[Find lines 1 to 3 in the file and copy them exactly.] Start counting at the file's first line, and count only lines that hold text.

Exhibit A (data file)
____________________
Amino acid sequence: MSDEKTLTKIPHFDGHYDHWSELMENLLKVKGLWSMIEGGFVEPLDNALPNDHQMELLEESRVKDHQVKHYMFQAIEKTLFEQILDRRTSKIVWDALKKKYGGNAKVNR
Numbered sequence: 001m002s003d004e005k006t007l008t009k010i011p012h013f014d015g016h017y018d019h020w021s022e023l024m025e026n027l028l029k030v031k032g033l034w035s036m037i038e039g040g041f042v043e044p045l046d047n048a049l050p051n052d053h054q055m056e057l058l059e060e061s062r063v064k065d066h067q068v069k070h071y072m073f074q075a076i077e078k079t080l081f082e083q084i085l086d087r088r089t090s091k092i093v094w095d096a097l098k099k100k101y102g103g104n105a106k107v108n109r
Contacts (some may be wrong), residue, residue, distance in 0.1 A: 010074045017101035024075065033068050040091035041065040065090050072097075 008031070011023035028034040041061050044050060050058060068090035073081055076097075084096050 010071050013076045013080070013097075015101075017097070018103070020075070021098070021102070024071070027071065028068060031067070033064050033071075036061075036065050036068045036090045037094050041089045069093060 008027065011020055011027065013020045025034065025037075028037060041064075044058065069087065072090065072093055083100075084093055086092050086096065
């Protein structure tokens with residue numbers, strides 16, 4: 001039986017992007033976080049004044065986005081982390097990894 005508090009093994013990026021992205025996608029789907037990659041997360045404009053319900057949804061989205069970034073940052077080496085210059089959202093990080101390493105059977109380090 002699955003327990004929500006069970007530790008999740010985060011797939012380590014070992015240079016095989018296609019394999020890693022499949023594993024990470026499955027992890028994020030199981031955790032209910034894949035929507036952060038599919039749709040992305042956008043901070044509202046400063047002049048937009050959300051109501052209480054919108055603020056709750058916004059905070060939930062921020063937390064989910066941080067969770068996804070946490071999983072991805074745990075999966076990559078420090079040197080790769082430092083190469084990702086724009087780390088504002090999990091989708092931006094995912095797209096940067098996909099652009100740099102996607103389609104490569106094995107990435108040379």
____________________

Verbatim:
Amino acid sequence: MSDEKTLTKIPHFDGHYDHWSELMENLLKVKGLWSMIEGGFVEPLDNALPNDHQMELLEESRVKDHQVKHYMFQAIEKTLFEQILDRRTSKIVWDALKKKYGGNAKVNR
Numbered sequence: 001m002s003d004e005k006t007l008t009k010i011p012h013f014d015g016h017y018d019h020w021s022e023l024m025e026n027l028l029k030v031k032g033l034w035s036m037i038e039g040g041f042v043e044p045l046d047n048a049l050p051n052d053h054q055m056e057l058l059e060e061s062r063v064k065d066h067q068v069k070h071y072m073f074q075a076i077e078k079t080l081f082e083q084i085l086d087r088r089t090s091k092i093v094w095d096a097l098k099k100k101y102g103g104n105a106k107v108n109r
Contacts (some may be wrong), residue, residue, distance in 0.1 A: 010074045017101035024075065033068050040091035041065040065090050072097075 008031070011023035028034040041061050044050060050058060068090035073081055076097075084096050 010071050013076045013080070013097075015101075017097070018103070020075070021098070021102070024071070027071065028068060031067070033064050033071075036061075036065050036068045036090045037094050041089045069093060 008027065011020055011027065013020045025034065025037075028037060041064075044058065069087065072090065072093055083100075084093055086092050086096065